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This article was published 4/4/2013 (1390 days ago), so information in it may no longer be current.
‘LIFE... uh... finds a way."
So says Jeff Goldblum's "rock star" mathematician Dr. Ian Malcolm in Jurassic Park. The cool, black-clad theoretician is talking about the titular theme park, featuring live cloned dinosaurs. Specifically, Malcolm isn't buying the scientific arrogance that smugly presumes the park's beasts will be incapable of reproducing.
This new re-release of the film epitomizes arrogance of a different stripe. As Dr. Malcolm might put it: When it comes to making more money out of a presumably tapped-out blockbuster, Hollywood... uh... finds a way.
In this case, it's a 3D retrofit to a 1993 movie that came close to grossing a billion dollars upon its initial release.
But the film itself may be the main argument against the 3D-ification of every hit movie of the past 25 years.
When it was released 20 years ago, Jurassic Park became a hit because it delivered on the promise of giving audiences something they had not seen before: photo-realistic dinosaurs -- lots of 'em -- interacting with the human cast in a story that was otherwise a theme park-gone-wrong tale reminiscent of Westworld (which, like Jurassic Park, was also a story by prolific novelist Michael Crichton).
In 2013, the dinosaurs are still pretty impressive. But we may be less razzle-dazzled by the animated creatures, even in 3D, and that leaves us to deal with Jurassic Park as a movie, and not as a game-changing film phenomenon.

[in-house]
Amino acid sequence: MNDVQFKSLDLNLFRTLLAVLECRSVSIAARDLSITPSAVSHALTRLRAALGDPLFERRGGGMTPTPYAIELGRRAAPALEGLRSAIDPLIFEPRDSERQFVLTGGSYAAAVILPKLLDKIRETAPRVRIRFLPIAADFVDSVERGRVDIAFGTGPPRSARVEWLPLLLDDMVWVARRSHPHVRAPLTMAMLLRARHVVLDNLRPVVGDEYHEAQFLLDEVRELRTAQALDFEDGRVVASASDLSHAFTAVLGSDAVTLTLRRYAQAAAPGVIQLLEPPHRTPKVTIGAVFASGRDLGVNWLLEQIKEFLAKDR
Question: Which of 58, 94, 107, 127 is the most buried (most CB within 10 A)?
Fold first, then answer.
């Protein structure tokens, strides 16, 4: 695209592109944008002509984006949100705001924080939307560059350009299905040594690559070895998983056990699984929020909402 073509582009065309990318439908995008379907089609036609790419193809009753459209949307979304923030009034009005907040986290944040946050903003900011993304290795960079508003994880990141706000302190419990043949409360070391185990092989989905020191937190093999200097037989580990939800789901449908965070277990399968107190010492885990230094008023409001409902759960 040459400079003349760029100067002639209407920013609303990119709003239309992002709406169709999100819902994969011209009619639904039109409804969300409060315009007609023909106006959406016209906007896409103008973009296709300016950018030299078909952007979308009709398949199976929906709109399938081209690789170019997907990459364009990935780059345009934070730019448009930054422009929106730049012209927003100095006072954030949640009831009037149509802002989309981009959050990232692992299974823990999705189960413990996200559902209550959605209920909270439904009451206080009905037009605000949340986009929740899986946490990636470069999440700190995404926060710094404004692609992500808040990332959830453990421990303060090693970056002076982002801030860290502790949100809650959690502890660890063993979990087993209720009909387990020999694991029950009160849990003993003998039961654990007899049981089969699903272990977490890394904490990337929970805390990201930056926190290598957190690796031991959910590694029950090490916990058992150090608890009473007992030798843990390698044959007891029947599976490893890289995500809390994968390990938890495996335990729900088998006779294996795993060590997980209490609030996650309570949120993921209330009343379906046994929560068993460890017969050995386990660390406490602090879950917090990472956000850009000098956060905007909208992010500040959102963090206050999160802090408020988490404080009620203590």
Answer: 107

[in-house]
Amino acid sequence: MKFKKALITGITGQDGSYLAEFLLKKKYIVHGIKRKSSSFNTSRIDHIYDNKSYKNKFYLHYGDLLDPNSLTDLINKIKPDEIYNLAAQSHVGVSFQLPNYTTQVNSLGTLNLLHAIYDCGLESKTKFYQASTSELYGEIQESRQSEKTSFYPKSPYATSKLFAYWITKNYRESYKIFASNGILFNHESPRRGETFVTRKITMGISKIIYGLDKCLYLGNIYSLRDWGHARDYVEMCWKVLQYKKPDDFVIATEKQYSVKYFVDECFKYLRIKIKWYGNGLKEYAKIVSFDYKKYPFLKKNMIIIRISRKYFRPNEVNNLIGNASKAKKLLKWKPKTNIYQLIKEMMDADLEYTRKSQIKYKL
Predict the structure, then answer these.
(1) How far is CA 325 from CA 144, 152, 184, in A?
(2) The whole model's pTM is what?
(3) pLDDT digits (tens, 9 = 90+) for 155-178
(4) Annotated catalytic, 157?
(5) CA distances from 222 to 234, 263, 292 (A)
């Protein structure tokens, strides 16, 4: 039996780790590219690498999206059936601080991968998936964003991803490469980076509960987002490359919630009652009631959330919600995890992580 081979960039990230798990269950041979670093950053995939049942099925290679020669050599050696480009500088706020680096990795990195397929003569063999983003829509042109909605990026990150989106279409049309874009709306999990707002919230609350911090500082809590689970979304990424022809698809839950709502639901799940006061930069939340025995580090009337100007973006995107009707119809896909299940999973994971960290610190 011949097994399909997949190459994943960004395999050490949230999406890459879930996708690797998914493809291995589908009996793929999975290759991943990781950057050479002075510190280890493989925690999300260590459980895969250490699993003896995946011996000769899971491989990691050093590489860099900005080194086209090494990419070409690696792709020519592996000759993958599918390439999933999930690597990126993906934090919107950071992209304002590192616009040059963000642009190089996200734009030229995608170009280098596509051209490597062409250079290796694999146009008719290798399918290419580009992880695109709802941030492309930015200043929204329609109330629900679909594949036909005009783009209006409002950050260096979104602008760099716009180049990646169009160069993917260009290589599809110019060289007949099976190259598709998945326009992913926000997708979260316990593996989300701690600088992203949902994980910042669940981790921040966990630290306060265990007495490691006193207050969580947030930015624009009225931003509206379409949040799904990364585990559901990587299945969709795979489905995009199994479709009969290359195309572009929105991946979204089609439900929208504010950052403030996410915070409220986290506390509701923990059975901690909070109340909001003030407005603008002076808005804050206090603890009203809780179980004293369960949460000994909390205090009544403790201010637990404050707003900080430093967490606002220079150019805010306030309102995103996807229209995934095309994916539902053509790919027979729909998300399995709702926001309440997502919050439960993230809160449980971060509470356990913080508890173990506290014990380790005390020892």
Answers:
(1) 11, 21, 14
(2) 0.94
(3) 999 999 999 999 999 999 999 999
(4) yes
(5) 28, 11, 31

In the unlikely event you haven't seen it, it's about a Walt Disney-like entrepreneur named John Hammond (Richard Attenborough) who compels the aforementioned Dr. Ian Malcolm, child-hating paleontologist Alan Grant (Sam Neill), and paleobotanist Ellie Sattler (Laura Dern) to an island off Costa Rica that he has secretly transformed into a theme park featuring live dinosaurs, cloned from ancient DNA preserved in amber. Hammond has also invited his two young grandchildren (Joseph Mazzello and Ariana Richards), as they'll be the ideal target demographic.
But of course, things go terribly wrong when a scheming techie (Wayne Knight) shuts down all the park's security systems and the dinos run amok.
There is much to admire in the film. Director Steven Spielberg and screenwriter David Koepp strive to deliver a legit work of science fiction, where the actual science of cloning is clearly delineated and the ethical concerns are sensibly debated. Dr. Malcolm essentially is a character who functions as Crichton's mouthpiece, but Goldblum doggedly creates a character out of him anyway, applying a light glaze of Goldblum-ian neurosis to a character who might otherwise have been a mere cipher. (Goldblum has an assured way with a geeky bon mot, such as: "God help us, we're in the hands of engineers.")
Also, Spielberg brings his ingenious technique to bear in a couple of key scenes: the T-Rex attack and the climactic game of hide-and-seek with a trio of deadly velociraptors.
But now that the integration of computer-generated characters and live actors is a more common occurrence, one is more inclined to be put off by the movie's faults.
Spielberg has always made a trick of inspiring a sense of awe with giant close-ups of awestruck faces. This gets old quickly, as does John Williams' music score, which likewise obtrusively cues the audience to how to react instead of simply reflecting the action on the screen.
Dern tries to bring a sense of naturalism to her role with the result that she seems to be acting in a different movie than everyone else. And Attenborough's grandfatherly presence just annoys.
If you were blown away the first time you saw it, prepare for some disappointment. Like the fictional attraction of the title, Jurassic Park the movie just doesn't hang together like it should.
Jurassic Park 3D
Starring Sam Neill, Jeff Goldblum and Laura Dern
Grant Park, Kildonan Place, McGillivray, Polo Park, Polo Park Imax, St. Vital, Towne
3 stars out of five